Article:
Getty’s scramble for the finish line

ANDREW NIKIFORUK October 14 1985

Getty’s scramble for the finish line

ANDREW NIKIFORUK October 14 1985

Getty’s scramble for the finish line

When Premier Peter Lougheed first announced that he would step down as leader of the Alberta Conservative party, he set in motion a contest to succeed him that was expected to be a formality leading to the coronation of former energy minister Donald Getty. Instead, the 11-week race turned into a hard-fought, divisive contest that ultimately could shake loose the Tories’ iron grip on the province.

When 1,911 delegates choose a new Conservative leader this weekend, Getty is expected to win out over his two rivals, Municipal Affairs Minister Julian Koziak and Calgary lawyer Ronald Ghitter. But the new leader may find himself at the head of a disillusioned party. Declared one longtime Conservative who requested anonymity: “We have denigrated the respect of the electorate for politics in Alberta. It has not been a positive experience.”

The events at Edmonton’s cavernous Convention Centre over the Thanksgiving weekend are likely to be dramatic. Although unofficial delegate counts indicated that Getty had about 750 voters committed to him—with 400 supporting Koziak and 250 for Ghitter—956 delegate votes are needed for victory. Getty’s opponents, who claimed to detect softness in the front-runner’s support, said that an upset victory for Koziak or Ghitter was possible if supporters of the third-place candidate rallied behind the runner-up after the first ballot. Added John Szumlas,Koziak’s executive assist-

ant: “While Getty’s people are repairing fences, we’ve been building roads.” Despite that, organizers for Getty were confident of victory—to the point of running a newspaper advertisement informing Albertans that the former Edmonton Eskimo quarterback is ready to listen to their needs as leader and join them in building “a brighter future.” Getty remained the solid favorite of the party’s old guard, with the support of

more than 40 of the Conservative MLAs who hold 75 of the legislature’s 79 seats (the New Democratic Party holds two seats, as does the right-wing Representative Party).

Still, the sometimes bitter campaign almost certainly cut into the front-runner’s support. Getty, who earned his political colors battling Ottawa’s energy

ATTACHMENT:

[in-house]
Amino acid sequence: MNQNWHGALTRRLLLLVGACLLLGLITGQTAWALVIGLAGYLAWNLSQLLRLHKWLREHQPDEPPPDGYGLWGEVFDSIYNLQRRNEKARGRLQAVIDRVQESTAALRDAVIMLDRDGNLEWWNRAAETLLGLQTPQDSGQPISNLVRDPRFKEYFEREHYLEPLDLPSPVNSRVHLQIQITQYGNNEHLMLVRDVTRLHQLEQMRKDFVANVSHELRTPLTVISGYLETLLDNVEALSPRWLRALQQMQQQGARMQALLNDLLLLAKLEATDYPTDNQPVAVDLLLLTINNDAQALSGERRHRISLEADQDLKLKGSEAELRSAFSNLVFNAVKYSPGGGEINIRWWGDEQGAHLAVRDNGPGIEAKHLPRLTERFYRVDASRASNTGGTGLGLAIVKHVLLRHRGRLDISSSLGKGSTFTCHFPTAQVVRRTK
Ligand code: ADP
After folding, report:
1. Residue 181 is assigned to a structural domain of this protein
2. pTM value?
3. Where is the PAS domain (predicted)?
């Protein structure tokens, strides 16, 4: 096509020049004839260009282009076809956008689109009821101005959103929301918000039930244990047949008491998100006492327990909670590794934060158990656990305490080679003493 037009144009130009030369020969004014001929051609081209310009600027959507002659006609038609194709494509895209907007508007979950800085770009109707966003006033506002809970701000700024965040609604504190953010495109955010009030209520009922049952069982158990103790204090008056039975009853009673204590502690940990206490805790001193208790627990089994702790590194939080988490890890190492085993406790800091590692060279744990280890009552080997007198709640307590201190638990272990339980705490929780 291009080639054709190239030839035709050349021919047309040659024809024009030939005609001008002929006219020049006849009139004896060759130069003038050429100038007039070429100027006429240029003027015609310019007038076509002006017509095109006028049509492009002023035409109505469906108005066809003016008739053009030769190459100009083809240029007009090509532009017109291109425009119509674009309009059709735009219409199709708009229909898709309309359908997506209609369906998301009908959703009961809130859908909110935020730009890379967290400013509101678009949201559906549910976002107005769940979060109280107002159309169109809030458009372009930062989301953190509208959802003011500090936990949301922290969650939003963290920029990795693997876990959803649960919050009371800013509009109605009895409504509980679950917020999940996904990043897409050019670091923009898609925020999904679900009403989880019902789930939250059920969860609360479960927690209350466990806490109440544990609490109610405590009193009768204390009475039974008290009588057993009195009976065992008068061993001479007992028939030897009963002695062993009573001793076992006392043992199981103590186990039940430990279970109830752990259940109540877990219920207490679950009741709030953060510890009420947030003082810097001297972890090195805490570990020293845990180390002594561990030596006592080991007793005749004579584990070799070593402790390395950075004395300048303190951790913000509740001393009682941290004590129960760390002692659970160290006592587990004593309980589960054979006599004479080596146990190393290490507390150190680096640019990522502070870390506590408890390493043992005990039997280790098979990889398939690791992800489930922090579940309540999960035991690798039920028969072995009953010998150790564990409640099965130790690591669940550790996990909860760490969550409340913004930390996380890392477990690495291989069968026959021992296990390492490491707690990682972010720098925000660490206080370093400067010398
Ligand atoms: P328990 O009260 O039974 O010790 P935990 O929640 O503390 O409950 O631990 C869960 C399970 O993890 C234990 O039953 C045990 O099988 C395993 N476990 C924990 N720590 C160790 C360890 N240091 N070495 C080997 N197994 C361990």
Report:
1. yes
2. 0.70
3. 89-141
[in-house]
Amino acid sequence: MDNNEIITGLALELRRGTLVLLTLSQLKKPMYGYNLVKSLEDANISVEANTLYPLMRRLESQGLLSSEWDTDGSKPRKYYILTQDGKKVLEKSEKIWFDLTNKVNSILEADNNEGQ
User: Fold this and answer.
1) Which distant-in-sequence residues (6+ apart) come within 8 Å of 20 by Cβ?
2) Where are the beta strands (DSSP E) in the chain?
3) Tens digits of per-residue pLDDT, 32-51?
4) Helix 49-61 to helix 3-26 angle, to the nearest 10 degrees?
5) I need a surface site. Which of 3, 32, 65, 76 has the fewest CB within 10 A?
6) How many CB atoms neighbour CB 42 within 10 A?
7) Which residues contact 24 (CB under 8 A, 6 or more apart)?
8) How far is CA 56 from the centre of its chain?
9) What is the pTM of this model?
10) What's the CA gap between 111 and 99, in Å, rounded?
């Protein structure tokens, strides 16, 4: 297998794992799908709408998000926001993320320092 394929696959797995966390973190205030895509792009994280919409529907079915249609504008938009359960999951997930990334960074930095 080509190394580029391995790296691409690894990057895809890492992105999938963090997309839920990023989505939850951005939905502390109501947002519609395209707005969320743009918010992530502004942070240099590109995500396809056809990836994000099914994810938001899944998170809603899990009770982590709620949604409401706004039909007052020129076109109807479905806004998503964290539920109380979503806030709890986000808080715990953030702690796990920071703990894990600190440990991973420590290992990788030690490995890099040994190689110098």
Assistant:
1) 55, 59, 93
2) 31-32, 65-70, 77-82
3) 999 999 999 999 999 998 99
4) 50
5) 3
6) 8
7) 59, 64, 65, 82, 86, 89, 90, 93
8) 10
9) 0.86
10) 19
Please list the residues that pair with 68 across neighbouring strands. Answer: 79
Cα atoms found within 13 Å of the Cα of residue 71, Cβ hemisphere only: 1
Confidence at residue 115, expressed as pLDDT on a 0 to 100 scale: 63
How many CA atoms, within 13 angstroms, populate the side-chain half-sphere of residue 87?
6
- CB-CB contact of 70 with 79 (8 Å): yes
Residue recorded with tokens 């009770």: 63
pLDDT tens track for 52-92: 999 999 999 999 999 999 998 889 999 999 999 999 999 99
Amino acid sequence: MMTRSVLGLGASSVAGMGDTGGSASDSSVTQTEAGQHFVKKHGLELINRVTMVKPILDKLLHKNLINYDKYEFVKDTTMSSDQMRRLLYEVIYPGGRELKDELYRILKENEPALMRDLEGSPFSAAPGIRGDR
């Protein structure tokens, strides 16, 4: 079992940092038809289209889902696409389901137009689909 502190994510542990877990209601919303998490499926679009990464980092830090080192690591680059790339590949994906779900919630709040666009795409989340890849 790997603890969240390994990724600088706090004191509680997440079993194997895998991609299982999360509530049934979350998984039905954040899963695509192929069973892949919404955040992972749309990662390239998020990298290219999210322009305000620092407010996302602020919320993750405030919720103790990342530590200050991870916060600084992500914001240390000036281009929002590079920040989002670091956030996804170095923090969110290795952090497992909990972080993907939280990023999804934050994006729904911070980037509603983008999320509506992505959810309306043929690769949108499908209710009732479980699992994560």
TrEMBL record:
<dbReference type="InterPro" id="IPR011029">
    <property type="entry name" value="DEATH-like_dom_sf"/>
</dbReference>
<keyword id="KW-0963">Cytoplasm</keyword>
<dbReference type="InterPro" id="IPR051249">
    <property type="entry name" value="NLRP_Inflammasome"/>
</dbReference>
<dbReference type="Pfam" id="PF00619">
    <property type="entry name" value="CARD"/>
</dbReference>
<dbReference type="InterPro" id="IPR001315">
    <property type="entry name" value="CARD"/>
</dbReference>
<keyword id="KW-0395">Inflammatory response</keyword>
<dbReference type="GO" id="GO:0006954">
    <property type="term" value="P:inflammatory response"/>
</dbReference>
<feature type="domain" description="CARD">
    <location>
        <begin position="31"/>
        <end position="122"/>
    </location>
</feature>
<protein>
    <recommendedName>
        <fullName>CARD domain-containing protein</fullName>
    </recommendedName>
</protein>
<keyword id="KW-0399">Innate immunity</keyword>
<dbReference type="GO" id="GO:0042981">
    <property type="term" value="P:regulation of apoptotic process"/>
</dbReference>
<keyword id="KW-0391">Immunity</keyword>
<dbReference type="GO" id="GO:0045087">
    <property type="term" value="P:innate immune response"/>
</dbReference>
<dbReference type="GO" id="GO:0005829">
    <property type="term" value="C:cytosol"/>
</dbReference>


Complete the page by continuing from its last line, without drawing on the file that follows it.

policies in the 1970s—he _

left politics in 1979 to run an Edmonton oil company —tried to wage a lowkey campaign based on “family, God, country and province.” Koziak, who built his early support on his appeal to the province’s “Ukrainian connection,” is also the strongest defender of the Lougheed legacy. Ghitter, a former MLA known for his trenchant criticism of the government, warned delegates against the dangers of

the status quo. “The moment the party adopts the approach of staying put,” declared Ghitter, “the party is in trouble.”

While the candidates traded rhetoric, their supporters claimed that their rivals were engaging in unfair campaign practices. Organizers for Koziak and Ghitter accused Getty supporters of stuffing ballot boxes at delegate selection meetings and of giving away $5 party memberships in return for votes. In the Calgary McCall riding Conservative officials asked the police to investigate allegations that some of the Getty supporters bused to delegate meetings were not Canadian citizens and as a result were not eligible to vote in the meeting, which resulted in a 20-delegate sweep for Getty.

In more than half a dozen other ridings, party unity was shaken when MLAs supporting Getty opposed the preference of their riding executives, leading some officials to resign angrily. Said Benjamin Smashnuk, who ran as an uncommitted delegate in the northwestern riding of Grande Prairie and lost to a Getty slate: “When a candidate goes to the hostels, welfare homes and houses of prostitution with a bus and comes down with enough people to dominate a meeting, it’s a sad day for the party. There’s a lot of dissatisfaction.”

The Conservative divisions delighted members of the opposition New Democrats and Alberta’s tiny Liberal party. Spokesmen for both parties say that after 14 years in power, Alberta’s Conservatives are running out of energy. The next provincial election could take place as early as November, if Getty emerges as the new Tory leader and premier and decides to call a snap election to win a seat for himself and capitalize on the political momentum generated by the hard-fought leadership race. But before calling a general election the new . leader will likely first try to repair the party’s divisions and offset the unfavorable impact that the campaign may have had on Alberta’s electorate. As University of Calgary political scientist Roger Gibbins noted, “The next premier will no longer be a white knight on a charger saving Alberta from Ottawa but a regular premier, warts and all.”